In early 2010, Fleck and Levy first began working on new material, teaming up for collaborative writing sessions at Levy’s home in Evanston, Illinois. Fleck was determined to establish a more inclusive environment as far as composition, to give Levy a greater stake in the writing process. “We hashed out a whole bunch of ideas together,” Levy says. “He would play things that he was working on, and I would go back into my memory banks and say, ‘I have this incomplete fragment that might work well with the band,’ or we would just improvise things together. It was inspiring, I think, for both of us.”
Their compositional collaboration resulted in a remarkable suite comprised of “Joyful Spring” and “Life In Eleven.” The former was originally conceived of by Levy while in his early 20s, while the idea for “Life In Eleven” had its genesis in the Flecktones’ first incarnation. The band had long wanted to explore one of Levy’s passions, the Bulgarian dance rhythm called Gankino or Krivo. “Almost 12,” a piece Victor and Bela wrote after Howard left the band had earned the Flecktones a “Best Instrumental Composition” Grammy in 1998. Still, the goal of writing a Flecktone piece – with Howard – using the unusual 11/16 or 11/8 time signature was, to Fleck’s mind, “unfinished business.”
“When we got together, the 11 idea came back up and Howard came out with something very Bulgarian,” he says. “I said, ‘It’s really great but it’s really fast and jumpy and complex. What if, halfway through, we dropped into a gospel 11/4 feel that was so natural, that you didn’t even notice it was in 11?’ It was an idea I’d had in my mind for some time, a way of playing something in 11 that didn’t confuse new 11 listeners, due to it’s complexity”
Songwriting was, of course, not limited to Fleck and Levy. Futureman’s solo composition “The Secret Drawer” serves as preamble to Levy’s evocative “Sweet Pomegranates,” and Wooten brought “Like Water”, which Bela helped to complete, which stands as a majestic representation of his flowing, pianistic approach to the bass. For his part, Fleck composed a number of new pieces while also delving into his back pages for “Earthling Parade” and “Storm Warning,” a track that had been a highlight of his live sets when touring with Stanley Clarke and Jean-Luc Ponty. Though he had not previously considered either composition for the Flecktones, the new line-up inspired him to give them a second look.
“Those pieces now seemed more intrigueing – with the original line-up,” Fleck says. “Not that they hadn’t been cool in other settings, but with Howard in the picture we could go quite deep into the complicated zone while still keeping them earthy and warm.” In September, the Flecktones met at Fleck’s home studio in Nashville for the first of two rounds of sessions. Where the band had customarily road-tested new material, working out the kinks in live performance, this time they did not have that luxury.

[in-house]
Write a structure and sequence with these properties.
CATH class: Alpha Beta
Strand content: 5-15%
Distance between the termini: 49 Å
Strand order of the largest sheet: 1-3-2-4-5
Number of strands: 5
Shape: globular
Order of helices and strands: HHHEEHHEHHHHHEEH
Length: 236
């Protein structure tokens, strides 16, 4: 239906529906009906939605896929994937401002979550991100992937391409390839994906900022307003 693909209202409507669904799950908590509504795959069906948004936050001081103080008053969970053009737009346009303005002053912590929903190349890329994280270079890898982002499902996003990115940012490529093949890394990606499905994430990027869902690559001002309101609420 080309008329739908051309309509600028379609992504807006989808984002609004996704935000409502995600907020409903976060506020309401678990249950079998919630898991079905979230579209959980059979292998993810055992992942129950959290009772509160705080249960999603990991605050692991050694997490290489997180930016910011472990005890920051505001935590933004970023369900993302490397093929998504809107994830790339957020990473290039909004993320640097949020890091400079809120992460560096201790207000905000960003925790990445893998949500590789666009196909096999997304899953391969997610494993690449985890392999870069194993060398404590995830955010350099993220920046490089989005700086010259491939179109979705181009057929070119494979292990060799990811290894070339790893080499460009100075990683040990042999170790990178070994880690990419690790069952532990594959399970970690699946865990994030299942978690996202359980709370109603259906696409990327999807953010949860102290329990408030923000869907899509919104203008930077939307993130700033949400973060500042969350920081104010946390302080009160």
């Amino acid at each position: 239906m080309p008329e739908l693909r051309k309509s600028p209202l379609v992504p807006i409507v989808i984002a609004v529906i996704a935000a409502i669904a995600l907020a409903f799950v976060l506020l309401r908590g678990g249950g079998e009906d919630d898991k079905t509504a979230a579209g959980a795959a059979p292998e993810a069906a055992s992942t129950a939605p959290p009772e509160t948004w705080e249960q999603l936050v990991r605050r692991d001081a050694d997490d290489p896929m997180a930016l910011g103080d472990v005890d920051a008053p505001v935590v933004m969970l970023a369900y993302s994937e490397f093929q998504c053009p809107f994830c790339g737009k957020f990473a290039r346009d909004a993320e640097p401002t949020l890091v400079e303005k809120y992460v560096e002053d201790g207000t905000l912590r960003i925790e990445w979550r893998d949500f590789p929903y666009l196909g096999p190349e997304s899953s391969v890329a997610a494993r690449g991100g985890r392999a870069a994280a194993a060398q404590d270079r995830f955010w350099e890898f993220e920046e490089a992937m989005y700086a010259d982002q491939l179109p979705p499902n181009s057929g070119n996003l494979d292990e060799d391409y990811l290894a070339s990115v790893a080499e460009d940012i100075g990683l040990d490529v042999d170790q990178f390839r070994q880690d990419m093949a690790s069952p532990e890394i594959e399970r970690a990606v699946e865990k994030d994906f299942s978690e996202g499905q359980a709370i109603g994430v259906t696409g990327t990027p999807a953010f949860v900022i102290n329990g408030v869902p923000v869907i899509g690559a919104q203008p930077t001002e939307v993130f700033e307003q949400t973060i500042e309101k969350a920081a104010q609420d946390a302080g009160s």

“We were writing some of the more complex pieces as we were laying them down,” Levy says. “But all of us have done so much recording outside of the group, where we’re used to seeing compositions take shape in the studio, that we were all comfortable with the process.” “We had to be very aware,” Fleck says, “because we were making final decisions almost from the start. But I think it yielded an improvised quality, an intensity, to the record. It was like, ‘Let’s make some good decisions and then commit to them.'”
In many ways, the album’s sound centers on the return of Levy’s piano and chromatically played diatonic harmonica, taking full advantage of the new melodic designs each brought to the Flecktones’ sonic palette. Known as “The Man With Two Brains” for his uncanny ability to play both instruments simultaneously, Levy has built a remarkably diverse resume over the past twenty years, including solo and session work, membership in Trio Globo and Chévere de Chicago, collaborations with classical violinist Fox Fehling, and founding Balkan Samba Records and the online Howard Levy Harmonica School. The equally restless Fleck hails Levy as “an incendiary player” who by his very nature forces the band out of their comfort zone.
“When we play together, Victor, Futureman, and I all have to step up our game,” Fleck says, “because Howard is going to throw something unexpected at us, which in certain ways, puts us in an uncomfortable zone, but due to that, we have to push through – into our higher selves.” While prior Flecktones collections have often featured inventive and innovative instrumentation, this time out the band opted to stick to the basics. Fleck plays an assortment of banjos, mostly vintage, though an electric Deering Crossfire can be heard on “Prickly Pear” and a prototype 10-string banjo is featured on “Joyful Spring.” For his part, Wooten largely bypassed his famed assortment of bass effects, noting that the player is what truly matters.
“In my mind, the instrument is there to allow the musician to feel something and to express themselves,” Wooten says. “The music doesn’t come from the instrument, it comes from the musician. Whatever instrument allows you to express yourself the way you want to at that moment is the one you should play.”
That said, Futureman took the occasion to unveil a new prototype Drumitar, his MIDI-based device that allows him to trigger samples using his fingers. A central element of the Flecktones sound, the first version of the notorious instrument was on its last legs after more than two decades. More significantly, new advances in technology allowed for the creation of a Drumitar more in line with the drummer’s vision, featuring better dynamics and the ability to record his own spectrum of drum samples.